Then there are the many enlightening anecdotes and stories of Hueber’s relationship with Ben Hogan, perhaps the most enigmatic and dominant players of all times, who still came into the office everyday even after selling out to AMF in 1960. Heuber even tackles an explanation of Hogan’s so-called swing “secret” which allowed “The Wee Ice Mon,” as the Scots called him, control like no other player over the distance and trajectory of his shots. This at a time of persimmon headed drivers and of rubber band-wound liquid center golf balls so lacking in quality control a player was fortunate to find three or four in a dozen that were round and would fly properly.

Hueber’s personal history is interesting but what makes “In the Rough: The Business Game of Golf” worth reading is the insight he provides to the events and some the biggest names in the game.

In the Rough: The Business Game of Golf
David Hueber
TCU Press
246 pp.
Paper with flaps. $32.50
eBook. $15.95

 

Tiger’s In – Nike’s Out

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He hasn’t put his game on display for over a year and his last PGA Tour win was in August of 2013 but the soon to be 41-year old has created lots of attention by saying he will play in a charity event October 10-11 followed by the Safeway Open October 13-16.

And the company whose clubs he has played since 2002 is getting out, out of the club, bag and ball business to concentrate on shoes and apparel.

Tiger Woods and Nike, inseparable in the minds of many, have had an amazing run together. Woods currently has 79 Tour wins with 14 majors (not all using Nike equipment) ranking second all-time in both categories. Nike though, was never able to come up with a category-defining club in spite of having on the payroll Tom Stites, one of the most respected club designers in the business. What they did however, with Woods under the most lucrative contract in golf, was become the number one golf apparel brand.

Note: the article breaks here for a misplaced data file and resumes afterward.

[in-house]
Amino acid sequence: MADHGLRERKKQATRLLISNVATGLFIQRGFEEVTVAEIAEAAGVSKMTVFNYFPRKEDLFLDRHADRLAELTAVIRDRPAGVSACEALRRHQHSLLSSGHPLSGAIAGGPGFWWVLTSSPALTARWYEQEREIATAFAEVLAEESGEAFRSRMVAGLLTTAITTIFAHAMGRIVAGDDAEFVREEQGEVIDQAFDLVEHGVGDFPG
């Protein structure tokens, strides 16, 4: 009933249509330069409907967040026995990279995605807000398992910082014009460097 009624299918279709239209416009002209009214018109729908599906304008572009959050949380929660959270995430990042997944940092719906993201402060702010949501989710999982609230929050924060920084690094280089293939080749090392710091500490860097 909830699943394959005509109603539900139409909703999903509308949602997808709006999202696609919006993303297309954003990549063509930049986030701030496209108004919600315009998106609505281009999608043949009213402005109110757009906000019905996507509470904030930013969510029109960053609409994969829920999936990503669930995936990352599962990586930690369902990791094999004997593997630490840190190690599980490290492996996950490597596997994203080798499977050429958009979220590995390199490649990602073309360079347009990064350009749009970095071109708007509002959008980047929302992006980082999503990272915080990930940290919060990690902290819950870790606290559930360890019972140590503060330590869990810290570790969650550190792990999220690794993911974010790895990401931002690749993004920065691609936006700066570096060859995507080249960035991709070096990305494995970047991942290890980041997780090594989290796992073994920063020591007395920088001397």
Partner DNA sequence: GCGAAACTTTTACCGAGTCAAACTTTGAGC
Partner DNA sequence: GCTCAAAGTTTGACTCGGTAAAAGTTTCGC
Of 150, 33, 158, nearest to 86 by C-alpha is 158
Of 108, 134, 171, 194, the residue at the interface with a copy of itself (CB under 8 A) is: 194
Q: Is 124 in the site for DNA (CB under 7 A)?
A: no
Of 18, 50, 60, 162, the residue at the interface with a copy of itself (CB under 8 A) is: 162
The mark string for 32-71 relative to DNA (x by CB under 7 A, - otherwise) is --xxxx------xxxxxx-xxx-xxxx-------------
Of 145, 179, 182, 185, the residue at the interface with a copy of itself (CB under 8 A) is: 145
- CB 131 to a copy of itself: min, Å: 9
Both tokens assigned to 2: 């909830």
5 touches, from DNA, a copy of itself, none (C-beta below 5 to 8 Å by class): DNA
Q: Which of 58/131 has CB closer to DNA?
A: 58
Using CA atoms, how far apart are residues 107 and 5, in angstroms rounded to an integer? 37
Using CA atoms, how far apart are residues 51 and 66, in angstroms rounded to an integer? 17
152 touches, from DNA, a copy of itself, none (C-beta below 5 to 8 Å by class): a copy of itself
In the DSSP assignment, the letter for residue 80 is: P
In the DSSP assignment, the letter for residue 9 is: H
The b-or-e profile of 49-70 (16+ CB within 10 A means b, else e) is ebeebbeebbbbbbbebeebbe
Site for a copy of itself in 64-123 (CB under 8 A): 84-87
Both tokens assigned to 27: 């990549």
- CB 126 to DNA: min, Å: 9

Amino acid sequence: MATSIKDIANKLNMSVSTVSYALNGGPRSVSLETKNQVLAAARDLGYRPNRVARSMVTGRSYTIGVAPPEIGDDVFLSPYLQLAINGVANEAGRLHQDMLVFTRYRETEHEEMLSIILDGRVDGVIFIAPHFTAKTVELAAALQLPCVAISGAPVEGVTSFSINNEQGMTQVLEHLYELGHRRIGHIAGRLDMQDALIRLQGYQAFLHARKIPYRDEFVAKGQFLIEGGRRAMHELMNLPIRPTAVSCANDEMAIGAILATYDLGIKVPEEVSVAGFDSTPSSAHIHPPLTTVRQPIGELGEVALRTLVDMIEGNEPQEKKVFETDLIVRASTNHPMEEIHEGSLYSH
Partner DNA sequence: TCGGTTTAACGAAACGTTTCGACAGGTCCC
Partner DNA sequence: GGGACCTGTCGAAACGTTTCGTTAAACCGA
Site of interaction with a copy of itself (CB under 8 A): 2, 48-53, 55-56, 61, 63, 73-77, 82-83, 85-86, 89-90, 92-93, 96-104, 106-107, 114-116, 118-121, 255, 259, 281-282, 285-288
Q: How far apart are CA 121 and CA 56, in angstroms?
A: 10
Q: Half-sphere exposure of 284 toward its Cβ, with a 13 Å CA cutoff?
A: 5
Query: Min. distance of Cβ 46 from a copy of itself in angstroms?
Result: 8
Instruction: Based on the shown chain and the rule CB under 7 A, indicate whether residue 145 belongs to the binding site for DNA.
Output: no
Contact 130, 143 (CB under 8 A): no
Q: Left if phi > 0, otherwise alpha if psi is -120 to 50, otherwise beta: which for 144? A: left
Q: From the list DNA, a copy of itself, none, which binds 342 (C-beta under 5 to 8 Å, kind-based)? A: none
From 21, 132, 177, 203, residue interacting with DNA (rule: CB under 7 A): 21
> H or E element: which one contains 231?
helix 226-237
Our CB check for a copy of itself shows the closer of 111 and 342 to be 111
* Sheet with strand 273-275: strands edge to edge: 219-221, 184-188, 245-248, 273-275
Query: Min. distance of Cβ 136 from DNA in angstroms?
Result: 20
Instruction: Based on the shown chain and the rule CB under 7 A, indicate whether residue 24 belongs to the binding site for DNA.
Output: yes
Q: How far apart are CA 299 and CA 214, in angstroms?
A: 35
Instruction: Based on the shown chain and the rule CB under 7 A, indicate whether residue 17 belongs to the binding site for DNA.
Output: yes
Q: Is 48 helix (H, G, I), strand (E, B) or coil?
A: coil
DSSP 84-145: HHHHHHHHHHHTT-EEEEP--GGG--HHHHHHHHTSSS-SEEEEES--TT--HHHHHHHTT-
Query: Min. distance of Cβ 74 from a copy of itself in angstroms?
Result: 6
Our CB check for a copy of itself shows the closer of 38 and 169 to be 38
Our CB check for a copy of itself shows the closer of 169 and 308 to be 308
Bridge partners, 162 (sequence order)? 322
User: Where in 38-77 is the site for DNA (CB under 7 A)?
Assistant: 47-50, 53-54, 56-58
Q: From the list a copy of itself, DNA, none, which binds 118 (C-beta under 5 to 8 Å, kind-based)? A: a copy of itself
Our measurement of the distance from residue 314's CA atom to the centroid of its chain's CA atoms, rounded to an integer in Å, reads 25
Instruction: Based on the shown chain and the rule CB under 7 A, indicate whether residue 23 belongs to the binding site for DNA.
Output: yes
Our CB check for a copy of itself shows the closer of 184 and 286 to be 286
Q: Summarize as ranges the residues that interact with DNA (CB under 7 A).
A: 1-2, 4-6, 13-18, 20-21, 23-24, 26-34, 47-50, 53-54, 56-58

It’s no wonder, with the equipment business having at best a minimal-growth future, the decision to leave that arena was made.

Woods and other staff members, most notably Rory McIlroy and Michelle Wie, will continue to wear Nike Swoosh apparel so they will still have a huge presence in the minds of consumers. Golfers just won’t be able to purchase Nike clubs.

The effect the Nike withdrawal from selling equipment is uncertain but a good estimate is it probably won’t be very large. The golf division never had more than $800 million (last year $706 million) in sales but since the breakdown between hard goods and soft goods was not reported, actual club sales are unknown. They never approached a 10% market share in hard goods.

Some in the media are saying Nike’s problems are because Woods hasn’t been playing and that’s incorrect. Nike didn’t have market leadership or even contend for leadership when Woods was at his best, winning multiple times in a season. His presence on Tour alone never could generate the amount of business Nike wanted to dominant the golf hard goods sector but did help push soft goods to the number one spot.

Golf for Nike was a tiny part of their overall business, less than two percent, and several factors virtually preordained their decision. The small market share plus an industry where product lifecycles are measured often in months with relatively large development costs meant staying just didn’t make sense. It was obvious golf equipment had to go.

With Nike paying more attention to golf performance and lifestyle soft goods, the biggest impact could be seen by competing shoe and apparel brands Acushnet’s FootJoy, adidas and Under Armour. Adidas is also leaving equipment and selling its golf brands TaylorMade Golf and Adams. The other major player Acushnet, owner of Titleist, is in the process of going public which typically can create uncertainly in corporate decision making.

This could mean Callaway picks up the major portion of Nike club sales however large it was and undeniably Callaway has been on an upwards trend since Chip Brewer took over as CEO. Privately-owned Ping and others potentially could see a bump in sales as well.

With all that in mind, which clubs will Woods switch to now that he plans to compete and again chase Nicklaus’ record of 18 majors?

Well, it’s not clear he will switch at all and for sure not right away though Woods has said companies are sending lots of clubs to try out. He hasn’t played a Tour event since August 2015 and it’s unlikely he will make a club change soon. Additionally any equipment company paying the amount of money Woods can demand will want their logo prominently display on his cap and shirt so there’s an immediate conflict with his Nike apparel contract. Nike is worth several millions each year to Woods and the contract doesn’t renew until the end of 2018 so he’s not going to put it in jeopardy.